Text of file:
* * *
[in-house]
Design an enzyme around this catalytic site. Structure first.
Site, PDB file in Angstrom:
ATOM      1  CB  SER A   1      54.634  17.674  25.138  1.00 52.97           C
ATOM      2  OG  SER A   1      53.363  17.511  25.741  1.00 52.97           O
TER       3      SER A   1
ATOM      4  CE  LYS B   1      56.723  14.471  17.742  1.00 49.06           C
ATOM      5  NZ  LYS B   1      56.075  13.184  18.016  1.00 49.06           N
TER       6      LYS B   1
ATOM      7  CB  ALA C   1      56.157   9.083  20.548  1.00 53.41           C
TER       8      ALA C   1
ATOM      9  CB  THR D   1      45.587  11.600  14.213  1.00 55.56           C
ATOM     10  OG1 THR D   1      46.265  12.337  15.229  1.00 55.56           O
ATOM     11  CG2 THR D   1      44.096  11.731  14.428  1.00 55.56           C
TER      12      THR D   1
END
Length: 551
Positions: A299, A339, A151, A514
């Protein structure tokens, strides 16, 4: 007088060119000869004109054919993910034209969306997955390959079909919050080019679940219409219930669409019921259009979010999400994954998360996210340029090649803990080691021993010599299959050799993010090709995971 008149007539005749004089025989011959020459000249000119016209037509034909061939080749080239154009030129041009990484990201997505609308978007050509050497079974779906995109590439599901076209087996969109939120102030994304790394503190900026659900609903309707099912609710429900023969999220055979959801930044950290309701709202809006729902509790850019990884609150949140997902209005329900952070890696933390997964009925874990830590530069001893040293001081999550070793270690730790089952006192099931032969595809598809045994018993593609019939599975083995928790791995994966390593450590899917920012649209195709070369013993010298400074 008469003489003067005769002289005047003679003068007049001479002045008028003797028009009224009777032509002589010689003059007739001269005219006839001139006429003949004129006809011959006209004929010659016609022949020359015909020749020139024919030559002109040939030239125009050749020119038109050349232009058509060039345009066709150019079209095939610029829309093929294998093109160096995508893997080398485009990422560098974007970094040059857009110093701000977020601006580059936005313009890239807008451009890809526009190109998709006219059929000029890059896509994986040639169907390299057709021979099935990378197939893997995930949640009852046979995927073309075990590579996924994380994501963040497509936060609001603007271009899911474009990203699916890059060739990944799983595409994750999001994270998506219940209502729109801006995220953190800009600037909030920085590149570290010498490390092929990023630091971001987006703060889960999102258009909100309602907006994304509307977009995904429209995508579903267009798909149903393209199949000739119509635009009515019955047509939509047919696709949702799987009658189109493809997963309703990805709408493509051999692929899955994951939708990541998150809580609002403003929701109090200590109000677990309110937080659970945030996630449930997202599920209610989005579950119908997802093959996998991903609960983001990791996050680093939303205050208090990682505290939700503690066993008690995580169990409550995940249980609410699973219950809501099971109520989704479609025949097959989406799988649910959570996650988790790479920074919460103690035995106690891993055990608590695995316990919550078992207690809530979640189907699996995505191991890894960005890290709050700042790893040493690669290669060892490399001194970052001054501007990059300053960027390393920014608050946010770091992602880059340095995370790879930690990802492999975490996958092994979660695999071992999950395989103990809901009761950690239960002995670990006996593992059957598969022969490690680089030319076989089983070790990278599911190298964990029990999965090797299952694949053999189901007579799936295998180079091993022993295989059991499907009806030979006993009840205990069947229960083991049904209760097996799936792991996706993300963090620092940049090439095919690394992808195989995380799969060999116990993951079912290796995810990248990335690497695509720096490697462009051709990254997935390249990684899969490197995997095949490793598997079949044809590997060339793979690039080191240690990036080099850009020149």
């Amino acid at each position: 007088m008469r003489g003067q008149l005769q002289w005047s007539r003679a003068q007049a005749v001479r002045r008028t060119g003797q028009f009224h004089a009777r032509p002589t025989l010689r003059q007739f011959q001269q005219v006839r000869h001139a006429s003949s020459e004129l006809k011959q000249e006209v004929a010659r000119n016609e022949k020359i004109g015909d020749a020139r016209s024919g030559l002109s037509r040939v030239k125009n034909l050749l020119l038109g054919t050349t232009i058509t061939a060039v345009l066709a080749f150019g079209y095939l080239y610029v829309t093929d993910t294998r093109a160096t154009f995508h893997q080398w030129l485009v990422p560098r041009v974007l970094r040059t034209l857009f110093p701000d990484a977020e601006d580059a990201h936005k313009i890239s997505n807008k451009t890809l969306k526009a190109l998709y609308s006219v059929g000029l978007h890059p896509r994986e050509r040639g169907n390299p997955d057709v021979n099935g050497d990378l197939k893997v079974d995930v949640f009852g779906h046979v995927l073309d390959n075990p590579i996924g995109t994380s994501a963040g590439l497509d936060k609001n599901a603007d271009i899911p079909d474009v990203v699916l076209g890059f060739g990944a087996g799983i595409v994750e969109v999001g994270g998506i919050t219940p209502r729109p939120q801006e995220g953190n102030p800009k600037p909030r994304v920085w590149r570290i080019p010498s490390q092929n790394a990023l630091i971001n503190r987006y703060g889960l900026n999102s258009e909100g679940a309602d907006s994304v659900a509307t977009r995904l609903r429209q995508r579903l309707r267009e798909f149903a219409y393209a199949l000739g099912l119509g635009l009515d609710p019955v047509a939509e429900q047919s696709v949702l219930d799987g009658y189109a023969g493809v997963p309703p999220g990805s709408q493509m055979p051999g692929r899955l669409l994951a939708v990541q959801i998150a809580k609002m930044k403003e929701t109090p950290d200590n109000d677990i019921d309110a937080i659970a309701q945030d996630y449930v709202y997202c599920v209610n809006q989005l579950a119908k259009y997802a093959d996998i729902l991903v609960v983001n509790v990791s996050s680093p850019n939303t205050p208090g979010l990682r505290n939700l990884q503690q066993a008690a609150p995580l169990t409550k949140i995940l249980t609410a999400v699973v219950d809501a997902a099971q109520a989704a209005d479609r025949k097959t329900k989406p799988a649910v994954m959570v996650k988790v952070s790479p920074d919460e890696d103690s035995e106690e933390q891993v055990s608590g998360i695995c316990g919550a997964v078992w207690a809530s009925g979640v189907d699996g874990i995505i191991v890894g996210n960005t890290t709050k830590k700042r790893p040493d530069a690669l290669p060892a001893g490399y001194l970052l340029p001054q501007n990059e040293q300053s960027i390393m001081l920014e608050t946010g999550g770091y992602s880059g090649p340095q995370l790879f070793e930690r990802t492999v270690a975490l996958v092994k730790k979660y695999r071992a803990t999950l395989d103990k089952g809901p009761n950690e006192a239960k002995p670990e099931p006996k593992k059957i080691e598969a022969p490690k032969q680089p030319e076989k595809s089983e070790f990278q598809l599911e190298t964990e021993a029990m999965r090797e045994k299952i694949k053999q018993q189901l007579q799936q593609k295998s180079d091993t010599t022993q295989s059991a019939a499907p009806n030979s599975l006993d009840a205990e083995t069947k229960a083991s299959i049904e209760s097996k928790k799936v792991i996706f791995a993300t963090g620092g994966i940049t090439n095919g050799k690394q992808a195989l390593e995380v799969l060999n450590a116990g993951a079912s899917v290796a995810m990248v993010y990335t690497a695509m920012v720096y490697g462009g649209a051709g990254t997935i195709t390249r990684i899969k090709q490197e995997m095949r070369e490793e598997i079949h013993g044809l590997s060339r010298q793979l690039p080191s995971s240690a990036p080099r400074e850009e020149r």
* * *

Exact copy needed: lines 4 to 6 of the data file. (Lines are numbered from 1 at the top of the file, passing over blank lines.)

ATOM      1  CB  SER A   1      54.634  17.674  25.138  1.00 52.97           C
ATOM      2  OG  SER A   1      53.363  17.511  25.741  1.00 52.97           O
TER       3      SER A   1